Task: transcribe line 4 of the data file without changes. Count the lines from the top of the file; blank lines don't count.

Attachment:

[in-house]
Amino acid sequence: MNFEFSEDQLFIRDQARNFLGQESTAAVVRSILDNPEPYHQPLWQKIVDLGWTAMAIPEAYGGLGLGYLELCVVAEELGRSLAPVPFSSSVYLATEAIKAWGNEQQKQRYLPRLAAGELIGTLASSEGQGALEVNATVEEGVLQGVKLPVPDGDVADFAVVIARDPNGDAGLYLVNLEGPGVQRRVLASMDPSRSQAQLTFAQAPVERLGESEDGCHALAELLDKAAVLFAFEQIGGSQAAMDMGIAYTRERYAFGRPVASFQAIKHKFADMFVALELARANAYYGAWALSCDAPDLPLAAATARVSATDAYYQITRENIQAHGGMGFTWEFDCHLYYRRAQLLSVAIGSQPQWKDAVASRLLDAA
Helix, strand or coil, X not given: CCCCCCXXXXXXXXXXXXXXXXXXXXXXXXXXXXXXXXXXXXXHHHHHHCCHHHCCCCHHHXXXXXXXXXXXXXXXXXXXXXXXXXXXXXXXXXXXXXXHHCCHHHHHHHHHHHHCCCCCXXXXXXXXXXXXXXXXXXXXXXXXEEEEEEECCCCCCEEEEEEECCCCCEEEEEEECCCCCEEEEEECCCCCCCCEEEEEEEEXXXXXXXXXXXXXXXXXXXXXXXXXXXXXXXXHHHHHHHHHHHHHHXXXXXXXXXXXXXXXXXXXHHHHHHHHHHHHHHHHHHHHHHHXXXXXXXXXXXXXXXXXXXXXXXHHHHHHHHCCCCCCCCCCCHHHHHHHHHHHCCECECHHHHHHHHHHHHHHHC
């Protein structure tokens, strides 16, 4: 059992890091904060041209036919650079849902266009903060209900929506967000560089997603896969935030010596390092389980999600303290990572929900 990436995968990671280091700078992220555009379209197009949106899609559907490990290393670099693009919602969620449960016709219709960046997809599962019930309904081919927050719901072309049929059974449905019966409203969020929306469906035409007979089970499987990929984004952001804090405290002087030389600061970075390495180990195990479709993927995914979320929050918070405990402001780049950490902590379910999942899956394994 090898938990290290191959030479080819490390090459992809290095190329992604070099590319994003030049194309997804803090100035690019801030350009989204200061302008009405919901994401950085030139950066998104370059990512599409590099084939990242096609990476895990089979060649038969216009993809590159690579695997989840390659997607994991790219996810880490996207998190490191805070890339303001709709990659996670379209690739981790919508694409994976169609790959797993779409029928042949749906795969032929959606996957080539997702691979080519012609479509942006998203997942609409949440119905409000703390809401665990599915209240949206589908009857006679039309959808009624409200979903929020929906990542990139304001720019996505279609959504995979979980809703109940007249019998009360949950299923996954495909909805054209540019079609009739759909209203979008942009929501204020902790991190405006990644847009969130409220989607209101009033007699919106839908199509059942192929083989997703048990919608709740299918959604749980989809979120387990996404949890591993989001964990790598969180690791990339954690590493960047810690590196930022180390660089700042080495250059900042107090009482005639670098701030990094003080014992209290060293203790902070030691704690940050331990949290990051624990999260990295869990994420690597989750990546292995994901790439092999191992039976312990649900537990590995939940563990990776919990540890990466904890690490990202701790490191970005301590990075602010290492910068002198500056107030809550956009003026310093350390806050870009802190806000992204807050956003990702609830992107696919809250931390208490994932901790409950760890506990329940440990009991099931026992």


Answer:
């Protein structure tokens, strides 16, 4: 059992890091904060041209036919650079849902266009903060209900929506967000560089997603896969935030010596390092389980999600303290990572929900 990436995968990671280091700078992220555009379209197009949106899609559907490990290393670099693009919602969620449960016709219709960046997809599962019930309904081919927050719901072309049929059974449905019966409203969020929306469906035409007979089970499987990929984004952001804090405290002087030389600061970075390495180990195990479709993927995914979320929050918070405990402001780049950490902590379910999942899956394994 090898938990290290191959030479080819490390090459992809290095190329992604070099590319994003030049194309997804803090100035690019801030350009989204200061302008009405919901994401950085030139950066998104370059990512599409590099084939990242096609990476895990089979060649038969216009993809590159690579695997989840390659997607994991790219996810880490996207998190490191805070890339303001709709990659996670379209690739981790919508694409994976169609790959797993779409029928042949749906795969032929959606996957080539997702691979080519012609479509942006998203997942609409949440119905409000703390809401665990599915209240949206589908009857006679039309959808009624409200979903929020929906990542990139304001720019996505279609959504995979979980809703109940007249019998009360949950299923996954495909909805054209540019079609009739759909209203979008942009929501204020902790991190405006990644847009969130409220989607209101009033007699919106839908199509059942192929083989997703048990919608709740299918959604749980989809979120387990996404949890591993989001964990790598969180690791990339954690590493960047810690590196930022180390660089700042080495250059900042107090009482005639670098701030990094003080014992209290060293203790902070030691704690940050331990949290990051624990999260990295869990994420690597989750990546292995994901790439092999191992039976312990649900537990590995939940563990990776919990540890990466904890690490990202701790490191970005301590990075602010290492910068002198500056107030809550956009003026310093350390806050870009802190806000992204807050956003990702609830992107696919809250931390208490994932901790409950760890506990329940440990009991099931026992």